What Factors Affect Saw Cut Quality? - TigerStop

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What Factors Affect Saw Cut Quality?


The quality of your saw cut can vary from superb to poor depending on many factors. If your TigerSaw is not cutting as it should, there are many places to look for the cause of this problem. Sometimes the cause of inferior saw cut quality is quite simple, but at other times, it can be caused by a combination of several conditions. In other words, more than one condition can be responsible for badly cut parts.

Every component part in the energy transmission lineup will affect saw cut quality.

We will attempt to go through all the possible factors affecting cut quality and leave it to you to check those you suspect are responsible if you’re experiencing problems.

Operation Considerations

Cutting speed and feed rate

Various materials will require minor adjustments in both cutting speed and feed rate to achieve optimal cut quality. Not only the rotation speed of the saw blade but also the speed of activation and retraction (return) of the saw lift mechanism will affect cut quality.

When cutting metals, titanium tube stock, for example, a variation in blade speed as little a 1 rpm can make a significant difference in quality. When the blade cuts through a piece of tubing, the teeth generate heat as they remove the material. Slowing the blade speed reduces the heat, but the cutting rate is too slow to be economical in a production application. If the blade speed is too fast, the heat generated leads to premature dulling of the tool. The chips produced during the cutting process must be extracted at the correct rate or they might stick in the gullets of the teeth. This results in a loss of cutting efficiency, which in turn increases heat buildup, causing galling as well as shortened blade life. While cutting fluids and the correct tooth pitch are important factors, finding the correct blade speed is essential for cutting metals.

Material straightness and internal tension

Some materials, particularly wood, but also metals, can be subject to straightness problems and internal tension, making cutting difficult. Stock with these characteristics can close around the saw blade during a cut, resulting in poor cuts. There is not much that can be done about this, as it’s a material defect or characteristic.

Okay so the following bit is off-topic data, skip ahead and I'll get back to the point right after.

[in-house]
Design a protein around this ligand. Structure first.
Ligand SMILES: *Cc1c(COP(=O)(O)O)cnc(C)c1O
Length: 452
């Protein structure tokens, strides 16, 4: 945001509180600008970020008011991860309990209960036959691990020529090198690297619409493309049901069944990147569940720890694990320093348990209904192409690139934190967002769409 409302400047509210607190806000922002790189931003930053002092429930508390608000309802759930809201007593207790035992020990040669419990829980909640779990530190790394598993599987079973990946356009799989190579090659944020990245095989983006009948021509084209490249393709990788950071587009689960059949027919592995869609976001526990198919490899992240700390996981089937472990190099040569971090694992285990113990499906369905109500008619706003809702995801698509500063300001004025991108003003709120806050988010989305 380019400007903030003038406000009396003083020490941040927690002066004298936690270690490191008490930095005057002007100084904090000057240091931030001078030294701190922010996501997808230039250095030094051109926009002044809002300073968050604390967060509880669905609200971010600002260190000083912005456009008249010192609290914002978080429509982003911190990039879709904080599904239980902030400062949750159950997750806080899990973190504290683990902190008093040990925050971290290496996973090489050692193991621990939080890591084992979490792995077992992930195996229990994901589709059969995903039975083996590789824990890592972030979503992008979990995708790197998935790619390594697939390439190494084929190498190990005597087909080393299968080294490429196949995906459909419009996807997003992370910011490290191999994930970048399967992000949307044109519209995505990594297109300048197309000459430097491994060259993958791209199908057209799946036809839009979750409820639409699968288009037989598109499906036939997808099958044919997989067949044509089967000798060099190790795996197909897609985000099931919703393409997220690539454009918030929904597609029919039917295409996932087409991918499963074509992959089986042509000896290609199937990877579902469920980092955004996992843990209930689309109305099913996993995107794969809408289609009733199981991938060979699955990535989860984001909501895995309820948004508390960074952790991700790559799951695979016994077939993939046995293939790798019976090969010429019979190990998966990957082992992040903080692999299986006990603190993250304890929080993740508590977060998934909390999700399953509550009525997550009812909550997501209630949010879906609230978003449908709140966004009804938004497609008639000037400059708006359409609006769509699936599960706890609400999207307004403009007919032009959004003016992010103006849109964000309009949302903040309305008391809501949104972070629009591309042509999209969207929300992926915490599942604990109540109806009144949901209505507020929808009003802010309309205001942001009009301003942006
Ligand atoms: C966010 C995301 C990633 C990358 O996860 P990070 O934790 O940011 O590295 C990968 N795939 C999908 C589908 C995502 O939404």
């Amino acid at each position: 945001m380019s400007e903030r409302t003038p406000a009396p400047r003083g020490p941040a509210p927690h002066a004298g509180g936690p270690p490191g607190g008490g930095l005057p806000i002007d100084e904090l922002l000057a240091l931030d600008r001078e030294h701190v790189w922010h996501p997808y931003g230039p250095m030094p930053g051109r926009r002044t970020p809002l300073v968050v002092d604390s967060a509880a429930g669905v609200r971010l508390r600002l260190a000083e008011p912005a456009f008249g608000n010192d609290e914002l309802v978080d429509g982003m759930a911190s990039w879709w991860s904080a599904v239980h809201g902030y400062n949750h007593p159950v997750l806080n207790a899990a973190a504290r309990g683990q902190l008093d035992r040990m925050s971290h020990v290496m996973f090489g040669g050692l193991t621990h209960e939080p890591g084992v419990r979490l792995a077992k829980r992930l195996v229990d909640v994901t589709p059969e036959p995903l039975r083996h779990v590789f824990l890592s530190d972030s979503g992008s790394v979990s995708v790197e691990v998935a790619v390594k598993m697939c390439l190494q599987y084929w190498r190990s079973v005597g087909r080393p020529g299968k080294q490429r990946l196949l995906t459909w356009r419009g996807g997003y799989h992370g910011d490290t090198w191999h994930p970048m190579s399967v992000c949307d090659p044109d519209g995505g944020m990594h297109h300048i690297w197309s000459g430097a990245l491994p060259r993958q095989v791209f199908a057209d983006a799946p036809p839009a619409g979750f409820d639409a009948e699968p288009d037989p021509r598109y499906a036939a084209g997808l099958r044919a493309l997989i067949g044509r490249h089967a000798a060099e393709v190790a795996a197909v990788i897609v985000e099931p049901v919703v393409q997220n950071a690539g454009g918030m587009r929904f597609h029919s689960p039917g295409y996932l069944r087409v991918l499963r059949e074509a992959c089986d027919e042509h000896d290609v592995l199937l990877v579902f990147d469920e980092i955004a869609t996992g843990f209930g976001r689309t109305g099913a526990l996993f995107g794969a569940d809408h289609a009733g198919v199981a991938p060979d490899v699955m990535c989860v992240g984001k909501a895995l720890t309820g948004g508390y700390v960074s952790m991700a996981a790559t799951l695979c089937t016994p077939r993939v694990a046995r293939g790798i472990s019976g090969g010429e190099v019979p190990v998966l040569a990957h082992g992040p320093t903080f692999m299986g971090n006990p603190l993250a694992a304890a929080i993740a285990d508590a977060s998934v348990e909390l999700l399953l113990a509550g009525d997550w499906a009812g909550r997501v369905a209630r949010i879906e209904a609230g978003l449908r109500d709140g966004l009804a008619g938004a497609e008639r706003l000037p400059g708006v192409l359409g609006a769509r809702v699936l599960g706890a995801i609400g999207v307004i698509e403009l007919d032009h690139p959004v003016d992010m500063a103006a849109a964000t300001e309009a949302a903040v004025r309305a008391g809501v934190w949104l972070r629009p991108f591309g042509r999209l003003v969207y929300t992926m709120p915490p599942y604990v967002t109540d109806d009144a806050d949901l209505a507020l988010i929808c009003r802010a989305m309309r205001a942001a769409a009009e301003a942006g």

Saw Blade Considerations

Saw blade condition and type

The condition and type of saw blade used will definitely affect the quality of the cut. Being out of balance, out of round, dull on one side, or improperly tensioned—all these conditions will cause inferior cut quality.

Using the wrong type of saw blade for the job will also cause problems.

Saw teeth and gullets

Sawtooth profile and the straightness of the tooth grind will affect cut quality. Also, take into consideration the size and shape of the gullets. They determine the amount of waste material that passes through the saw. Consider also the correct tooth shape for your materials. The angle and design of a tooth factors into blade speed, cut quality, and the type of material it can cut.

Hook angle

The greater the hook angle, the more the blade wants to climb into the wood and the rougher the cuts, that is, the more tear-out. The smaller the hook angle, the more force it takes to push the blade into the wood. For crosscutting saw blades, 10° to 15° is a common hook angle.

what-factors-affect-saw-cut-quality-tigerstopDiagram of Saw Hook Angle

Plate thickness

The plate of a saw blade is often 1/8- to 1/4-inch thick. The thinner plate means that there is less sawdust and potentially less waste. However, thin blades (often called thin-kerf blades) are very sensitive to heating and wobbling, which in turn means non-straight (wavy or snaky) cuts. As a result of this one factor, most people opt for a thicker and therefore stiffer plate.

Tensioning